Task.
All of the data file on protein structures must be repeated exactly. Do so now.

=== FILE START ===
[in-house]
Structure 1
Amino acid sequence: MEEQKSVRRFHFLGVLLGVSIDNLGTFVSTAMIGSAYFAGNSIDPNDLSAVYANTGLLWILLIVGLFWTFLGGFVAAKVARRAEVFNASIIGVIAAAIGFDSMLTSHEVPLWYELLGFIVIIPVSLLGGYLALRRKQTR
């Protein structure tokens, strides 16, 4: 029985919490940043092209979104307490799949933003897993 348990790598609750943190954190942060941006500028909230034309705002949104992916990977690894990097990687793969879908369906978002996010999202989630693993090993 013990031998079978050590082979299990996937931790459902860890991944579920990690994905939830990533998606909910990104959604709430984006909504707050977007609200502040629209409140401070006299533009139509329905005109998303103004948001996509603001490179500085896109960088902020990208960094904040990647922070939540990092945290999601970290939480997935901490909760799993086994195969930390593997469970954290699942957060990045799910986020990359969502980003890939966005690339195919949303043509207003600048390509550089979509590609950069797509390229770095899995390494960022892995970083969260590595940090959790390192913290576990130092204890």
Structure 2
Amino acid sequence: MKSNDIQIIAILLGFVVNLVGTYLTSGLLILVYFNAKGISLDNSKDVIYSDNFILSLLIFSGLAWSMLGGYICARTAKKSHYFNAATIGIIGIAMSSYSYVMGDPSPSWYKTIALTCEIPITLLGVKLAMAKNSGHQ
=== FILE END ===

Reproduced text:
[in-house]
Structure 1
Amino acid sequence: MEEQKSVRRFHFLGVLLGVSIDNLGTFVSTAMIGSAYFAGNSIDPNDLSAVYANTGLLWILLIVGLFWTFLGGFVAAKVARRAEVFNASIIGVIAAAIGFDSMLTSHEVPLWYELLGFIVIIPVSLLGGYLALRRKQTR
């Protein structure tokens, strides 16, 4: 029985919490940043092209979104307490799949933003897993 348990790598609750943190954190942060941006500028909230034309705002949104992916990977690894990097990687793969879908369906978002996010999202989630693993090993 013990031998079978050590082979299990996937931790459902860890991944579920990690994905939830990533998606909910990104959604709430984006909504707050977007609200502040629209409140401070006299533009139509329905005109998303103004948001996509603001490179500085896109960088902020990208960094904040990647922070939540990092945290999601970290939480997935901490909760799993086994195969930390593997469970954290699942957060990045799910986020990359969502980003890939966005690339195919949303043509207003600048390509550089979509590609950069797509390229770095899995390494960022892995970083969260590595940090959790390192913290576990130092204890």
Structure 2
Amino acid sequence: MKSNDIQIIAILLGFVVNLVGTYLTSGLLILVYFNAKGISLDNSKDVIYSDNFILSLLIFSGLAWSMLGGYICARTAKKSHYFNAATIGIIGIAMSSYSYVMGDPSPSWYKTIALTCEIPITLLGVKLAMAKNSGHQ